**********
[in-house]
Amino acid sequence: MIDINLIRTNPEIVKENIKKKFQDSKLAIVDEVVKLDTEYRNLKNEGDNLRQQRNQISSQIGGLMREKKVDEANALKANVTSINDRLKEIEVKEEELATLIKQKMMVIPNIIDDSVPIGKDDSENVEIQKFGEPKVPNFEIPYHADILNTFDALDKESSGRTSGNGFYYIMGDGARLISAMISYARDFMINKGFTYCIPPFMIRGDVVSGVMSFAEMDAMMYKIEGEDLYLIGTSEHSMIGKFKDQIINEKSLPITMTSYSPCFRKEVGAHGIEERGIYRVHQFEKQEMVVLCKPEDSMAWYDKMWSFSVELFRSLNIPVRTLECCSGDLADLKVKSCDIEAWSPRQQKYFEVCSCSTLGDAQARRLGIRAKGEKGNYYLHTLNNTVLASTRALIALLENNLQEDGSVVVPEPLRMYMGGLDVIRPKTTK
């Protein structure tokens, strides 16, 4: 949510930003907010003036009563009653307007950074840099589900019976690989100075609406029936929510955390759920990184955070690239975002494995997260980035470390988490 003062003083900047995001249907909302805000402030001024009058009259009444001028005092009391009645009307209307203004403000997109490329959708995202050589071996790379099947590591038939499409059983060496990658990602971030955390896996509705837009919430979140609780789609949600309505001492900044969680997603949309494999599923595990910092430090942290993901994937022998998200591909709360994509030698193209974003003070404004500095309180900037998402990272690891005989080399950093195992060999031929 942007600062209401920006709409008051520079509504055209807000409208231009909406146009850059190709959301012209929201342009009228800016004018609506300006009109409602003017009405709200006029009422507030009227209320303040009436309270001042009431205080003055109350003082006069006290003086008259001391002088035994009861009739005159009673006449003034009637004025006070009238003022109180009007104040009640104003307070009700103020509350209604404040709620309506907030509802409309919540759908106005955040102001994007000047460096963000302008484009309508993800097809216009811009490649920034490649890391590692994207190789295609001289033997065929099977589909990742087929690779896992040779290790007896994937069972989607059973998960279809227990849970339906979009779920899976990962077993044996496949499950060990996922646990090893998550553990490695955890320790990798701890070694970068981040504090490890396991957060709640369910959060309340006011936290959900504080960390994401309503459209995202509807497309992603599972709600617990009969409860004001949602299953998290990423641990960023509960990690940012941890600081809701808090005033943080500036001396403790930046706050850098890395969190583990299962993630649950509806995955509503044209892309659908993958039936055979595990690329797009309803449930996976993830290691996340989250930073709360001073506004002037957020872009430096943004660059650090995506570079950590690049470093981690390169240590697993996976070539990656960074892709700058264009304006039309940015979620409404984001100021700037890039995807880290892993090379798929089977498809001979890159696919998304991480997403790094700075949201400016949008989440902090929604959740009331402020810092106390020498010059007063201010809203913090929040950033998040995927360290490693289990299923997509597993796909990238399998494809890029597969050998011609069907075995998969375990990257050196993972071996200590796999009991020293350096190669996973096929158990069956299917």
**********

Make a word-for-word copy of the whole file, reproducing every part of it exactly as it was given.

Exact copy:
[in-house]
Amino acid sequence: MIDINLIRTNPEIVKENIKKKFQDSKLAIVDEVVKLDTEYRNLKNEGDNLRQQRNQISSQIGGLMREKKVDEANALKANVTSINDRLKEIEVKEEELATLIKQKMMVIPNIIDDSVPIGKDDSENVEIQKFGEPKVPNFEIPYHADILNTFDALDKESSGRTSGNGFYYIMGDGARLISAMISYARDFMINKGFTYCIPPFMIRGDVVSGVMSFAEMDAMMYKIEGEDLYLIGTSEHSMIGKFKDQIINEKSLPITMTSYSPCFRKEVGAHGIEERGIYRVHQFEKQEMVVLCKPEDSMAWYDKMWSFSVELFRSLNIPVRTLECCSGDLADLKVKSCDIEAWSPRQQKYFEVCSCSTLGDAQARRLGIRAKGEKGNYYLHTLNNTVLASTRALIALLENNLQEDGSVVVPEPLRMYMGGLDVIRPKTTK
């Protein structure tokens, strides 16, 4: 949510930003907010003036009563009653307007950074840099589900019976690989100075609406029936929510955390759920990184955070690239975002494995997260980035470390988490 003062003083900047995001249907909302805000402030001024009058009259009444001028005092009391009645009307209307203004403000997109490329959708995202050589071996790379099947590591038939499409059983060496990658990602971030955390896996509705837009919430979140609780789609949600309505001492900044969680997603949309494999599923595990910092430090942290993901994937022998998200591909709360994509030698193209974003003070404004500095309180900037998402990272690891005989080399950093195992060999031929 942007600062209401920006709409008051520079509504055209807000409208231009909406146009850059190709959301012209929201342009009228800016004018609506300006009109409602003017009405709200006029009422507030009227209320303040009436309270001042009431205080003055109350003082006069006290003086008259001391002088035994009861009739005159009673006449003034009637004025006070009238003022109180009007104040009640104003307070009700103020509350209604404040709620309506907030509802409309919540759908106005955040102001994007000047460096963000302008484009309508993800097809216009811009490649920034490649890391590692994207190789295609001289033997065929099977589909990742087929690779896992040779290790007896994937069972989607059973998960279809227990849970339906979009779920899976990962077993044996496949499950060990996922646990090893998550553990490695955890320790990798701890070694970068981040504090490890396991957060709640369910959060309340006011936290959900504080960390994401309503459209995202509807497309992603599972709600617990009969409860004001949602299953998290990423641990960023509960990690940012941890600081809701808090005033943080500036001396403790930046706050850098890395969190583990299962993630649950509806995955509503044209892309659908993958039936055979595990690329797009309803449930996976993830290691996340989250930073709360001073506004002037957020872009430096943004660059650090995506570079950590690049470093981690390169240590697993996976070539990656960074892709700058264009304006039309940015979620409404984001100021700037890039995807880290892993090379798929089977498809001979890159696919998304991480997403790094700075949201400016949008989440902090929604959740009331402020810092106390020498010059007063201010809203913090929040950033998040995927360290490693289990299923997509597993796909990238399998494809890029597969050998011609069907075995998969375990990257050196993972071996200590796999009991020293350096190669996973096929158990069956299917």